Although I picked up on this meaning somewhat by myself I still had to back up my assertions from another source – ‘a portrait by Ruff looks like a very large passport photograph. … Any personality a sitter may have is there because you, the viewer, have projected your own feelings and prejudices on to the image.’ – (Dorment, 2003). In my opinion this gaining of understanding, while rewarding, is also less immediate and has less widespread ‘appeal’ than the superficially beautiful work of, for example Salgado. Because the reader has to search for the beauty embedded inside rather than on the surface, more casual readers may not bother gaining understanding from work like Ruff’s, where the aesthetics are imbued within. Looking at this from an aesthetic point of view it would be possible to argue that both draw from the vernacular: Ruff playing upon it intentionally by taking all the ‘accidental’ elements out of the traditional vernacular and using them to his advantage like with his Portraits 1986-1991 project (see Fig. 2). On the other hand, Salgado employs telling juxtapositions (like the children juxtaposed with the bones in Fig. 1) and combines this with selective framing and often dramatic, otherworldly lighting. All of this becomes unified because Salgado continues to utilise the black and white medium. Although this might seem like the opposite of traditional vernacular imagery – where colourful, seemingly accidental snapshots are prevalent, looking closer it seems Salgado has culminated the ingredients of the vernacular into a more sophisticated version.

 

Fig. 3. Photograph 4 - Assignment 3 - Documentary
Fig. 3. Photograph 4 – Assignment 3 – Documentary

 

I have until recently always given slight precedence to the superficial aesthetics attribute of my photography and in part it has defined the images I’ve produced for my projects. In hindsight this was perhaps an attempt to move it away from the vernacular type imagery pervading social media. With Assignment 3 – Documentary (see Fig. 3) I turned my attention away from my inward battle between superficial aesthetics and meaning. Instead I put my efforts into telling a convincing story; letting meaning come first and putting aesthetics to the side. Interestingly I found they were still linked as the aesthetics when consistent, combined to tell a more immersive story. However, I noticed certain photographers disregarded superficial aesthetics altogether or even deliberately to make them gritty such as Daido Moriyama.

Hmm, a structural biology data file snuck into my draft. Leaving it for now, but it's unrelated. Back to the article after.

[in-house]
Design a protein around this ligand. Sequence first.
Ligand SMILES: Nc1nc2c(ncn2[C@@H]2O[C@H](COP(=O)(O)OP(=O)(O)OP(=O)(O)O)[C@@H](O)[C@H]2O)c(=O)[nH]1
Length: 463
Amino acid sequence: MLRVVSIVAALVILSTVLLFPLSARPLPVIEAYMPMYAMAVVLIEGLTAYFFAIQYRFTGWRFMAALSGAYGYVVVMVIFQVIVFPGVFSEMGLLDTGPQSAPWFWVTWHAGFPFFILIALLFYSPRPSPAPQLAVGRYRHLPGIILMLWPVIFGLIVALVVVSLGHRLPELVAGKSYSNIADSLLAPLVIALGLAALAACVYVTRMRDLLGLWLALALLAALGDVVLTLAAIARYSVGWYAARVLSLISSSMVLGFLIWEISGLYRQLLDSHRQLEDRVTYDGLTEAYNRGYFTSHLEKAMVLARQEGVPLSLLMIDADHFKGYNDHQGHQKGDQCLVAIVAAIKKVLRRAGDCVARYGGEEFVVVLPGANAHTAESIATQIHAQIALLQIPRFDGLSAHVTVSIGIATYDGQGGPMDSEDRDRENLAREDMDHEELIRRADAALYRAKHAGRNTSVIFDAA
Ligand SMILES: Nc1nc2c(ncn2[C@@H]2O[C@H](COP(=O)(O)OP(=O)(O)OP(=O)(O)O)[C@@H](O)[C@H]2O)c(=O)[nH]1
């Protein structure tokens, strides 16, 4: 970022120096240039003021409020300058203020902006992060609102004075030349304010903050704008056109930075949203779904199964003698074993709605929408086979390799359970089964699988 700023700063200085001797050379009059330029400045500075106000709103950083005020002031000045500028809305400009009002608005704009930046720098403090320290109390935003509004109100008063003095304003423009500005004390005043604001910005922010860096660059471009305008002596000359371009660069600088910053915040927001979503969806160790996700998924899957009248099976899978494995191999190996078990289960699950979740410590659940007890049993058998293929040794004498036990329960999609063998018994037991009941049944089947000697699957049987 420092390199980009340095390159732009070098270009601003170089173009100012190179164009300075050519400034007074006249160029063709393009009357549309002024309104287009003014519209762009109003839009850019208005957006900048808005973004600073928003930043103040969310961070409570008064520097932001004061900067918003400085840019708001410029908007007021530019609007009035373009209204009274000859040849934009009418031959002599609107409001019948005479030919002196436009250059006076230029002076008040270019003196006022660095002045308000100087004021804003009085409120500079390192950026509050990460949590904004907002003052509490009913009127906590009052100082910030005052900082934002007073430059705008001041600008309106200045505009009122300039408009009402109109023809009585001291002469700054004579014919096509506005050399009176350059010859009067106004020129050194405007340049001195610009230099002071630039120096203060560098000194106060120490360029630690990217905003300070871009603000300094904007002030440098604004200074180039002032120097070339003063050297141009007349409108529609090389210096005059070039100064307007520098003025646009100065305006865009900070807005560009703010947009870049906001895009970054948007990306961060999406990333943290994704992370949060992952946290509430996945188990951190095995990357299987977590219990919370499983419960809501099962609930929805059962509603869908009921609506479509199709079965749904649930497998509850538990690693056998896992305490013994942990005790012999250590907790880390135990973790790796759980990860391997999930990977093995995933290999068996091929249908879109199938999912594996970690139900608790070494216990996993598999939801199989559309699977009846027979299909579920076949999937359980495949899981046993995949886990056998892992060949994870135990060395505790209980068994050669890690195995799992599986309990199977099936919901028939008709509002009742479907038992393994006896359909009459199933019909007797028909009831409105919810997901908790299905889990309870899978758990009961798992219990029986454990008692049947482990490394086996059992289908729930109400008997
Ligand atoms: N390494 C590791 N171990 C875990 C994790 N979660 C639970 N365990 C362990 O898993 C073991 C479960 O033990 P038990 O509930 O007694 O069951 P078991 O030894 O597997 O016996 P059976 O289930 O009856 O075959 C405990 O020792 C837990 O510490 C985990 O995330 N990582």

Fig. 4. © Daido Moriyama (1969) Eros
Fig. 4. © Daido Moriyama (1969) Eros

 

Moriyama at the time he was taking photos on the streets of Tokyo (in the 1960s) prescribed like the group of left-wing photographers he joined to a style developed to break away from aesthetic conventions of a ‘good’ photograph found in European and American photography. They instead employed an aesthetic that ‘was identified with the expression ‘are, bure, boke’ – grainy, blurry and out of focus, in reference to the three main characteristics that distinguished the group’s images’ – (Scaldaferri , 2017). Moriyama’s reasoning for using such gritty aesthetics (see Fig. 4) was that he was ‘Refusing the idea that the photographic medium could only be used to produce archival documents,’ instead ‘putting an accent on its image-making capability’ – (Scaldaferri , 2017). He thereby used the aesthetics of as a conduit to express his emotions about the state of Tokyo’s dark streets at that time. Moriyama was and remains very popular, influencing other photographers and young people especially in Japan: ‘The older generation appreciates a lot of Daido’s work, but right now he is very, very popular among young people’ – (Uematsu, 2012). However, the appeal of his work is not as widespread (outside of Japan) as say Salgado and I would argue this is because it does not conform to (a Western at least) standard taste for the beautiful which has been more popular. An important note this brings up is the subjectivity of aesthetics because the emotion Moriyama’s work evokes clearly affects certain viewers more than others. What I could see influencing me from Moriyama’s work would be the understanding that the process of making an image can be far more important in terms of emotion conveyed in this process than the aesthetic. Having said this, Moriyama clearly intends to go consistently for the ‘are, bure, boke’ look. For me this deliberation could be because his work transcends the traditional vernacular with the choice of black and white medium and emotion caught in the frames.

 

Conclusion:

While it may be true that photographs with gritty superficial aesthetics are not as accessible as work which conforms to our standard taste for the beautiful, often there is a space for deeper meaning to be accessed by the viewer in the work. This could be whether it is intended by the photographer – by playing upon the vernacular – or not. As long as the work is consistent too the viewer may gain more from a set of photographs than a singular, glorified image. Also it may well be important to the photographer to display emotion in their photographs which in itself could be considered beautiful. In a funny kind of way photographic projects with aesthetics that don’t conform to a standard taste for the beautiful have more art value than work which doesn’t play on the vernacular or is less emotional. All of this depends on what kind of impact the photographer wishes to make and to what type of audience.